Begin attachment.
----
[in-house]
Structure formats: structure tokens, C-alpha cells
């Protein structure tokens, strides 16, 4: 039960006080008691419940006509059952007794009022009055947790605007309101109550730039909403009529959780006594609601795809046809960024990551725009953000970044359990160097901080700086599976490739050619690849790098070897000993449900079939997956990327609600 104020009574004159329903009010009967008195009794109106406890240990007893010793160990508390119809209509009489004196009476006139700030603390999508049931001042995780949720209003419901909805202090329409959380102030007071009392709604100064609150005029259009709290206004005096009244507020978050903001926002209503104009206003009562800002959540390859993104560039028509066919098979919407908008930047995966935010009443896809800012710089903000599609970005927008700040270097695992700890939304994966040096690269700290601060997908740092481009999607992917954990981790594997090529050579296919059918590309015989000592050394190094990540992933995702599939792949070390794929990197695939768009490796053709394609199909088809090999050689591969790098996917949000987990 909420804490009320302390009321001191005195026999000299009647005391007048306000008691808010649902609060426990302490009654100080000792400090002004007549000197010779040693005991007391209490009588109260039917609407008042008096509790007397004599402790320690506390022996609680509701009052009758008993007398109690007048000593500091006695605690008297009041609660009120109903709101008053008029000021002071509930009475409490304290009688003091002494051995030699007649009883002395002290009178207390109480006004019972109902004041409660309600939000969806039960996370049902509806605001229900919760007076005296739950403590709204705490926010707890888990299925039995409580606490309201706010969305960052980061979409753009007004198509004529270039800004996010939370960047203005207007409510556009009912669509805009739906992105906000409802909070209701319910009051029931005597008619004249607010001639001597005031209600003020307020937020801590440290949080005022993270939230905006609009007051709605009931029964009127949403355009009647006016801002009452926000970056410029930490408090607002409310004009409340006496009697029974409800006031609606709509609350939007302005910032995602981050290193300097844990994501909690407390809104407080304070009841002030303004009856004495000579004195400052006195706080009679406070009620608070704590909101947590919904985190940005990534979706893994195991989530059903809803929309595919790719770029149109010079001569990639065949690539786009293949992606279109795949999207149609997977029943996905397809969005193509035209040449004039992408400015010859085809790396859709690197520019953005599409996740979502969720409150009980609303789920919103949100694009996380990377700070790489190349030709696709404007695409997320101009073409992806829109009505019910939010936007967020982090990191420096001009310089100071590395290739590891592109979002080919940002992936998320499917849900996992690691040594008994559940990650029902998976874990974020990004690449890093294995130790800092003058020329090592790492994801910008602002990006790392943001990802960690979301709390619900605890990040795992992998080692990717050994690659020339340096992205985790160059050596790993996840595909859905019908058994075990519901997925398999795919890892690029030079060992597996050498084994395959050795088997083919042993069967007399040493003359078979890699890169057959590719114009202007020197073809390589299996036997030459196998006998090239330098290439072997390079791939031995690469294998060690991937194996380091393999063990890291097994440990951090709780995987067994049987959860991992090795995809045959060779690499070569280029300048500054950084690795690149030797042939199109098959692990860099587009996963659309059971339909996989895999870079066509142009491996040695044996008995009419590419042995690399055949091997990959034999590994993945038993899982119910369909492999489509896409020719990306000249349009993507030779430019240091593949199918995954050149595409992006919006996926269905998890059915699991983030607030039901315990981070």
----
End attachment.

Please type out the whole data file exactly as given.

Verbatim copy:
[in-house]
Structure formats: structure tokens, C-alpha cells
């Protein structure tokens, strides 16, 4: 039960006080008691419940006509059952007794009022009055947790605007309101109550730039909403009529959780006594609601795809046809960024990551725009953000970044359990160097901080700086599976490739050619690849790098070897000993449900079939997956990327609600 104020009574004159329903009010009967008195009794109106406890240990007893010793160990508390119809209509009489004196009476006139700030603390999508049931001042995780949720209003419901909805202090329409959380102030007071009392709604100064609150005029259009709290206004005096009244507020978050903001926002209503104009206003009562800002959540390859993104560039028509066919098979919407908008930047995966935010009443896809800012710089903000599609970005927008700040270097695992700890939304994966040096690269700290601060997908740092481009999607992917954990981790594997090529050579296919059918590309015989000592050394190094990540992933995702599939792949070390794929990197695939768009490796053709394609199909088809090999050689591969790098996917949000987990 909420804490009320302390009321001191005195026999000299009647005391007048306000008691808010649902609060426990302490009654100080000792400090002004007549000197010779040693005991007391209490009588109260039917609407008042008096509790007397004599402790320690506390022996609680509701009052009758008993007398109690007048000593500091006695605690008297009041609660009120109903709101008053008029000021002071509930009475409490304290009688003091002494051995030699007649009883002395002290009178207390109480006004019972109902004041409660309600939000969806039960996370049902509806605001229900919760007076005296739950403590709204705490926010707890888990299925039995409580606490309201706010969305960052980061979409753009007004198509004529270039800004996010939370960047203005207007409510556009009912669509805009739906992105906000409802909070209701319910009051029931005597008619004249607010001639001597005031209600003020307020937020801590440290949080005022993270939230905006609009007051709605009931029964009127949403355009009647006016801002009452926000970056410029930490408090607002409310004009409340006496009697029974409800006031609606709509609350939007302005910032995602981050290193300097844990994501909690407390809104407080304070009841002030303004009856004495000579004195400052006195706080009679406070009620608070704590909101947590919904985190940005990534979706893994195991989530059903809803929309595919790719770029149109010079001569990639065949690539786009293949992606279109795949999207149609997977029943996905397809969005193509035209040449004039992408400015010859085809790396859709690197520019953005599409996740979502969720409150009980609303789920919103949100694009996380990377700070790489190349030709696709404007695409997320101009073409992806829109009505019910939010936007967020982090990191420096001009310089100071590395290739590891592109979002080919940002992936998320499917849900996992690691040594008994559940990650029902998976874990974020990004690449890093294995130790800092003058020329090592790492994801910008602002990006790392943001990802960690979301709390619900605890990040795992992998080692990717050994690659020339340096992205985790160059050596790993996840595909859905019908058994075990519901997925398999795919890892690029030079060992597996050498084994395959050795088997083919042993069967007399040493003359078979890699890169057959590719114009202007020197073809390589299996036997030459196998006998090239330098290439072997390079791939031995690469294998060690991937194996380091393999063990890291097994440990951090709780995987067994049987959860991992090795995809045959060779690499070569280029300048500054950084690795690149030797042939199109098959692990860099587009996963659309059971339909996989895999870079066509142009491996040695044996008995009419590419042995690399055949091997990959034999590994993945038993899982119910369909492999489509896409020719990306000249349009993507030779430019240091593949199918995954050149595409992006919006996926269905998890059915699991983030607030039901315990981070």